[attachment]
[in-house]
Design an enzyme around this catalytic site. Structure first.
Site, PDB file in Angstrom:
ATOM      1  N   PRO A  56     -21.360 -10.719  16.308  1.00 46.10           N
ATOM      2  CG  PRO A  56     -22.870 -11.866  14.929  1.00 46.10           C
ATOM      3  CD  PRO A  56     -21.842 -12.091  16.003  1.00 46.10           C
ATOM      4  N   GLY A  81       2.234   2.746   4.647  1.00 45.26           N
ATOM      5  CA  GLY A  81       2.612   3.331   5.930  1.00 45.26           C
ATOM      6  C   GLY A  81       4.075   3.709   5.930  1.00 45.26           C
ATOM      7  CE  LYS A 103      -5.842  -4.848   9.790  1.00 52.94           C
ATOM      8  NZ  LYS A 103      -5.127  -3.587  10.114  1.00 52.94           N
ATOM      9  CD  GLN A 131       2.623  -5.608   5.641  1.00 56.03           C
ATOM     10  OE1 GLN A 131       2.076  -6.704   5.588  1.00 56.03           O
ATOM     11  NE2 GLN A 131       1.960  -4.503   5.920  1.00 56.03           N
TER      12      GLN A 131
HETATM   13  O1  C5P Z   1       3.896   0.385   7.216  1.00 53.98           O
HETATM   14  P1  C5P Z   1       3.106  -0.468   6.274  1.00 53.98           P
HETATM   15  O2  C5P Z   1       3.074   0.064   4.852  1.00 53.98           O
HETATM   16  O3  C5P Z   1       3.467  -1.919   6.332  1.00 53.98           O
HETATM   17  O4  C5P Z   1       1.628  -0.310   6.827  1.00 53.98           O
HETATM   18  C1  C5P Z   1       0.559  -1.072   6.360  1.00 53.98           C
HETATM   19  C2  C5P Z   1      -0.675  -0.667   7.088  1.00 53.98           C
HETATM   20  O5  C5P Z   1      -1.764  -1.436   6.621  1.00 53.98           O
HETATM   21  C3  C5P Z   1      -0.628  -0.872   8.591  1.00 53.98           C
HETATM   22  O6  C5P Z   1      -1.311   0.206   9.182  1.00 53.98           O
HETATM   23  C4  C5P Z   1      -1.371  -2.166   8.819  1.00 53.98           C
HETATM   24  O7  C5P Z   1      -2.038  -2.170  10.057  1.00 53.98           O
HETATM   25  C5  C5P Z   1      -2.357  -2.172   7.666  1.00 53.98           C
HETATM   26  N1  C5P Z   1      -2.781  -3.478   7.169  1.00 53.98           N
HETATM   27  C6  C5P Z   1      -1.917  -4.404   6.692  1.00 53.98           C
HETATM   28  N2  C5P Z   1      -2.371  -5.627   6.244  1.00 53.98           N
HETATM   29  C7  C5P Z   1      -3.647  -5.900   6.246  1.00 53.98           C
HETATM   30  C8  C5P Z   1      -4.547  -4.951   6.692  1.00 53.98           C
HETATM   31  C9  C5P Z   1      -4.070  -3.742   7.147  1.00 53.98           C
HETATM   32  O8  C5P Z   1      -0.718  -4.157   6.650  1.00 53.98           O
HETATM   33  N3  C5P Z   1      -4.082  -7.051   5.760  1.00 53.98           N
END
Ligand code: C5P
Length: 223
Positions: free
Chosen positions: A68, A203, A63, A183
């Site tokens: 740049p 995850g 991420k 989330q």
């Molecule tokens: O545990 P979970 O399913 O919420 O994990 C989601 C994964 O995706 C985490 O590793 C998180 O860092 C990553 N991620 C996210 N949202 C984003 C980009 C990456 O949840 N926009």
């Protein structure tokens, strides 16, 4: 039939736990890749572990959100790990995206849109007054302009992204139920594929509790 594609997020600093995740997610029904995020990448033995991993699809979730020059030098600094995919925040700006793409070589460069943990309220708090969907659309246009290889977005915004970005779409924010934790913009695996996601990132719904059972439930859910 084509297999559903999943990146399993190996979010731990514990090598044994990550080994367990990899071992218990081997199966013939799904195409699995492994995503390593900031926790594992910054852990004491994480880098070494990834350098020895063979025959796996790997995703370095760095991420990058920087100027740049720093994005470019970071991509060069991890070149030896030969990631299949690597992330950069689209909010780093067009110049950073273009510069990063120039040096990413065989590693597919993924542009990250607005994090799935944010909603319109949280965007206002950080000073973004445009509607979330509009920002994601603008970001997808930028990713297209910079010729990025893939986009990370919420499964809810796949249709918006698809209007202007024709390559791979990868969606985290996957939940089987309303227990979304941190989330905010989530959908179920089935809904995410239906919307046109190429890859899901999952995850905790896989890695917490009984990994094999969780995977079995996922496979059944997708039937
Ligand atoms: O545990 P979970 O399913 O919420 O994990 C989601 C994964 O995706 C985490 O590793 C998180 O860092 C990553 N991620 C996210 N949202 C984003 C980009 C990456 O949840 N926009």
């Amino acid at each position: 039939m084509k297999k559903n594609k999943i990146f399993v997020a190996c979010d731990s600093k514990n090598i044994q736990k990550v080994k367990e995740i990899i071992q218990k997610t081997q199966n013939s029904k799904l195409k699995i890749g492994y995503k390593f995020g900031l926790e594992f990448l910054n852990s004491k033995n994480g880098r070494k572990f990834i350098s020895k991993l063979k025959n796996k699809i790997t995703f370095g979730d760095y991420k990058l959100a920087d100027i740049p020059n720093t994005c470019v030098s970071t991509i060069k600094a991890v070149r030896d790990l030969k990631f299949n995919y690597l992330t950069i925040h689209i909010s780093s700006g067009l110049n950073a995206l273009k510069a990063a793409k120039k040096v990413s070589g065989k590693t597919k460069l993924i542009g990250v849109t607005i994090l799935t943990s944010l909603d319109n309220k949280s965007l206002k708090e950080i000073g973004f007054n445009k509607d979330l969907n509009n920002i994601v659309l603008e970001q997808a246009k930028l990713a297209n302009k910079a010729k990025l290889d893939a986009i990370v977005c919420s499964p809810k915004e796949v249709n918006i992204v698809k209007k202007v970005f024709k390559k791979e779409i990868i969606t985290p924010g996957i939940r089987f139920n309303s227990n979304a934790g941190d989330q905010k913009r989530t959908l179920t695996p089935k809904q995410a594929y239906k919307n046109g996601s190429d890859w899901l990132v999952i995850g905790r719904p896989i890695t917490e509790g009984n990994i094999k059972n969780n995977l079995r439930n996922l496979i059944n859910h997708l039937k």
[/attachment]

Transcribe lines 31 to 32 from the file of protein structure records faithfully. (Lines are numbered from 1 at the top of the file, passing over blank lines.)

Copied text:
HETATM   28  N2  C5P Z   1      -2.371  -5.627   6.244  1.00 53.98           N
HETATM   29  C7  C5P Z   1      -3.647  -5.900   6.246  1.00 53.98           C